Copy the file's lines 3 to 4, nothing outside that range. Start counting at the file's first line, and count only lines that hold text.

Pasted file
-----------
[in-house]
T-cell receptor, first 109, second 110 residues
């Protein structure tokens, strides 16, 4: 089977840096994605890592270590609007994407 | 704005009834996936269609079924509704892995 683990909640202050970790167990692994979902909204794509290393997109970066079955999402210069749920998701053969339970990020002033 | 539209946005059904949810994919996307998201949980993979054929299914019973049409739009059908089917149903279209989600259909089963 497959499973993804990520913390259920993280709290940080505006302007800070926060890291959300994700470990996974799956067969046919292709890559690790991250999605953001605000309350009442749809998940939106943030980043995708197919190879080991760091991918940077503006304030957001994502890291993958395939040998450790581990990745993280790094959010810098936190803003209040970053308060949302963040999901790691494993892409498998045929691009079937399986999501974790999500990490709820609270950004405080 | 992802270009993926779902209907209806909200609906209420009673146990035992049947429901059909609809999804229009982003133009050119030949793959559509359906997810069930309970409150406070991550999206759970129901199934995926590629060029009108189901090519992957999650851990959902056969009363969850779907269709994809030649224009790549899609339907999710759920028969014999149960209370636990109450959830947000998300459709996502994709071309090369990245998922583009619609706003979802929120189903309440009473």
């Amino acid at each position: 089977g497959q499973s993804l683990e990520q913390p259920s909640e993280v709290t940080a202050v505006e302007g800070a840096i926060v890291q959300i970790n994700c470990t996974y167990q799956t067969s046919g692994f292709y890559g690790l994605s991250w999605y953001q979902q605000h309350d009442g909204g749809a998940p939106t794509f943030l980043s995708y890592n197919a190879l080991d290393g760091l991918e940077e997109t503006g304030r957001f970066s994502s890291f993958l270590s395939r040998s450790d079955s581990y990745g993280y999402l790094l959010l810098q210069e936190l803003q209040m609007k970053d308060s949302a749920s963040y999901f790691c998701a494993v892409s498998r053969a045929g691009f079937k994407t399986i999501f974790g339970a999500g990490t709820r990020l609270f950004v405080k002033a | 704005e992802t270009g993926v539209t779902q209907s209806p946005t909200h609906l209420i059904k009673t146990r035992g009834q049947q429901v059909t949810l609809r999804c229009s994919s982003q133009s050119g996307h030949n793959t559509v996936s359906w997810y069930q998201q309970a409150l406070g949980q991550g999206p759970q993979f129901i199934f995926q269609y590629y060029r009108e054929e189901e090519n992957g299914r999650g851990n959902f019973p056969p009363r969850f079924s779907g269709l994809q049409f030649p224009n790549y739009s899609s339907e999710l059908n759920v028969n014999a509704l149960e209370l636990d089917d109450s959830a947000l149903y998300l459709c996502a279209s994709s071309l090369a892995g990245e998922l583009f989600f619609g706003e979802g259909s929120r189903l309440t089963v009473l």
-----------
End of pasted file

């Protein structure tokens, strides 16, 4: 089977840096994605890592270590609007994407 | 704005009834996936269609079924509704892995 683990909640202050970790167990692994979902909204794509290393997109970066079955999402210069749920998701053969339970990020002033 | 539209946005059904949810994919996307998201949980993979054929299914019973049409739009059908089917149903279209989600259909089963 497959499973993804990520913390259920993280709290940080505006302007800070926060890291959300994700470990996974799956067969046919292709890559690790991250999605953001605000309350009442749809998940939106943030980043995708197919190879080991760091991918940077503006304030957001994502890291993958395939040998450790581990990745993280790094959010810098936190803003209040970053308060949302963040999901790691494993892409498998045929691009079937399986999501974790999500990490709820609270950004405080 | 992802270009993926779902209907209806909200609906209420009673146990035992049947429901059909609809999804229009982003133009050119030949793959559509359906997810069930309970409150406070991550999206759970129901199934995926590629060029009108189901090519992957999650851990959902056969009363969850779907269709994809030649224009790549899609339907999710759920028969014999149960209370636990109450959830947000998300459709996502994709071309090369990245998922583009619609706003979802929120189903309440009473």
């Amino acid at each position: 089977g497959q499973s993804l683990e990520q913390p259920s909640e993280v709290t940080a202050v505006e302007g800070a840096i926060v890291q959300i970790n994700c470990t996974y167990q799956t067969s046919g692994f292709y890559g690790l994605s991250w999605y953001q979902q605000h309350d009442g909204g749809a998940p939106t794509f943030l980043s995708y890592n197919a190879l080991d290393g760091l991918e940077e997109t503006g304030r957001f970066s994502s890291f993958l270590s395939r040998s450790d079955s581990y990745g993280y999402l790094l959010l810098q210069e936190l803003q209040m609007k970053d308060s949302a749920s963040y999901f790691c998701a494993v892409s498998r053969a045929g691009f079937k994407t399986i999501f974790g339970a999500g990490t709820r990020l609270f950004v405080k002033a | 704005e992802t270009g993926v539209t779902q209907s209806p946005t909200h609906l209420i059904k009673t146990r035992g009834q049947q429901v059909t949810l609809r999804c229009s994919s982003q133009s050119g996307h030949n793959t559509v996936s359906w997810y069930q998201q309970a409150l406070g949980q991550g999206p759970q993979f129901i199934f995926q269609y590629y060029r009108e054929e189901e090519n992957g299914r999650g851990n959902f019973p056969p009363r969850f079924s779907g269709l994809q049409f030649p224009n790549y739009s899609s339907e999710l059908n759920v028969n014999a509704l149960e209370l636990d089917d109450s959830a947000l149903y998300l459709c996502a279209s994709s071309l090369a892995g990245e998922l583009f989600f619609g706003e979802g259909s929120r189903l309440t089963v009473l």